Treasury yields jumped on Tuesday after data showed U.S. retail sales posted the biggest monthly jump ever last month. A report that the Trump administration is preparing a $1 trillion infrastructure package also drove investors away from safe assets.
Yields climbed higher after data said retail sales surged 17.7% in May, which easily topped the previous record from October 2001 and beat the 8% estimate from economists surveyed by Dow Jones.
The upbeat reading boosted the risk sentiment further. Bloomberg News reported overnight that the White House is drawing up a $1 trillion infrastructure proposal, focusing on traditional infrastructure such as roads and bridges along with 5G wireless networks and rural broadband.
The return of monetary and fiscal stimulus into the spotlight calmed investor nerves over a spike in coronavirus cases across multiple states since economies began reopening, which had sent yields and stock markets tumbling at the start of the week.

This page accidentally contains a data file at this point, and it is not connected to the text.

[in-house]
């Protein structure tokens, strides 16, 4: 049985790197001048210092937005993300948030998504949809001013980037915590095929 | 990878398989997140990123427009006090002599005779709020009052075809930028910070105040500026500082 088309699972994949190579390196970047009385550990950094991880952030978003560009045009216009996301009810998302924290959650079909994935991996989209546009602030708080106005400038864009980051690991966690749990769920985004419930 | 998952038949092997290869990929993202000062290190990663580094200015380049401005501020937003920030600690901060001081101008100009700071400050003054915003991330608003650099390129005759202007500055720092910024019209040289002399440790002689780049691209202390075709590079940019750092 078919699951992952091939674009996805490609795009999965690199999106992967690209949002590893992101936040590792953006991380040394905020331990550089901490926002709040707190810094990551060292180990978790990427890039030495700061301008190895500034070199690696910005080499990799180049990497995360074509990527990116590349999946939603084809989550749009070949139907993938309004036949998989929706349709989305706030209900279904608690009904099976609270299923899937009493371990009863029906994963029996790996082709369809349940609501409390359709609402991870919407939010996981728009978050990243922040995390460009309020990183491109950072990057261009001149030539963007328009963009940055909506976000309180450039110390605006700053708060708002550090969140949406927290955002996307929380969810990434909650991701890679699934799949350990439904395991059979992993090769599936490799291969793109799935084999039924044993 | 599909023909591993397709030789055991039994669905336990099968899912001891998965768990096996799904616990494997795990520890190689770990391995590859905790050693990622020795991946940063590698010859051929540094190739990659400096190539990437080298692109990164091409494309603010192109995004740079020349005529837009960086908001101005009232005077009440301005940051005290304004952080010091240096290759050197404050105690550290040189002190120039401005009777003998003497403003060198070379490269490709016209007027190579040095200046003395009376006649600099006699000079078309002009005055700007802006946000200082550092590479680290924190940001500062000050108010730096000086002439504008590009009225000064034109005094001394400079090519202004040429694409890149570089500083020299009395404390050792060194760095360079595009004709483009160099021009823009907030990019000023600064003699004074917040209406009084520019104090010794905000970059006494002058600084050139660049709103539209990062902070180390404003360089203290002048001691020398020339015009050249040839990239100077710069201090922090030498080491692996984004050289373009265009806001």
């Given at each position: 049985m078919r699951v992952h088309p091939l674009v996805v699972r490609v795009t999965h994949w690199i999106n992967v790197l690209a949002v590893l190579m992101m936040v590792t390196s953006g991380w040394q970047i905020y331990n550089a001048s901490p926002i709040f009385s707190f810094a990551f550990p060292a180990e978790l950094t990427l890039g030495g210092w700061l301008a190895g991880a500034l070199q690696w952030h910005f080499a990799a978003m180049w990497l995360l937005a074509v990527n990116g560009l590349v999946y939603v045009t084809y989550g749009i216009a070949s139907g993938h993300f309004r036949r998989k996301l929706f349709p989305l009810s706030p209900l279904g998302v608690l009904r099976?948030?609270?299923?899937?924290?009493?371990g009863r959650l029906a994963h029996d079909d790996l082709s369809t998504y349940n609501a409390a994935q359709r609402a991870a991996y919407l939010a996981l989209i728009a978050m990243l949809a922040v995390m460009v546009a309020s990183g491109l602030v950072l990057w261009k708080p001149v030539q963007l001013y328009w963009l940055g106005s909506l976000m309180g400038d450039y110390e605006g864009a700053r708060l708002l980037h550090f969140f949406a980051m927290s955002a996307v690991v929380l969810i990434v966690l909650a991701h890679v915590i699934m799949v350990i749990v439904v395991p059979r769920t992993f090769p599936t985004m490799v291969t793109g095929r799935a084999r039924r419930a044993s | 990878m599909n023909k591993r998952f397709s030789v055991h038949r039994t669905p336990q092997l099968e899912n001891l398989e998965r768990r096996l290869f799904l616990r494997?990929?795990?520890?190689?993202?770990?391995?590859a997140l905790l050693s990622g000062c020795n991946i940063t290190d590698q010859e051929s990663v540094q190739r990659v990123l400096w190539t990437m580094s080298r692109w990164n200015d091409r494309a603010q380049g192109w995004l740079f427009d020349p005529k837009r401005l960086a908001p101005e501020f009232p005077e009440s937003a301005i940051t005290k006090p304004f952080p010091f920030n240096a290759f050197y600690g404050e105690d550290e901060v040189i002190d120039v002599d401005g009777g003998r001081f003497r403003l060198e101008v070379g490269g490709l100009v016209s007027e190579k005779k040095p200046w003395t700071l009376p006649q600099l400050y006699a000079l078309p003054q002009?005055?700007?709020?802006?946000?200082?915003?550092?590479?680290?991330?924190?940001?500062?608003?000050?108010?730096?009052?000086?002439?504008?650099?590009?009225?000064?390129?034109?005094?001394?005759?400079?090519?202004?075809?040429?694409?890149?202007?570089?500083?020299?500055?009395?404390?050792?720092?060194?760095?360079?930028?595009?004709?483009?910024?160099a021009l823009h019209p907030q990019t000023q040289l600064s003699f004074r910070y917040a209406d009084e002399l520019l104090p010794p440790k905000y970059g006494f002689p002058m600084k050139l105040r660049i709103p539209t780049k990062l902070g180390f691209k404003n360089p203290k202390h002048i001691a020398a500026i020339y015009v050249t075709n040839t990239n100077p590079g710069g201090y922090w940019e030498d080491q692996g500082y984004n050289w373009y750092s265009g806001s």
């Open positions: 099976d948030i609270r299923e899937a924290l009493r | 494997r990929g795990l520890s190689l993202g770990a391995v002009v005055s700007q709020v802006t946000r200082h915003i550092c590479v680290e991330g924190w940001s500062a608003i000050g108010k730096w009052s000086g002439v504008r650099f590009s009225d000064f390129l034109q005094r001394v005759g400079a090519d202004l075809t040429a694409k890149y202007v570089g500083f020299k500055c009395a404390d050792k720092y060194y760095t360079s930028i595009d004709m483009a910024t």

Yields began their ascent on Monday night after the Fed said it would include the purchase of individual corporate bonds. The move broadens the central bank’s secondary market corporate credit facility (SMCCF) beyond the purchase of exchange-traded funds, as part of a continued effort to support financial market functioning and ease credit conditions.
Fed Chairman Jerome Powell is due to testify before Congress on the central bank’s monetary policy maneuvers at 10 a.m. ET. on Tuesday.
Auctions will be held Tuesday for $34 billion of 52-week Treasury bills, $40 billion of 119-day bills and $50 billion of 42-day bills.
CNBC’s Fred Imbert contributed to this report.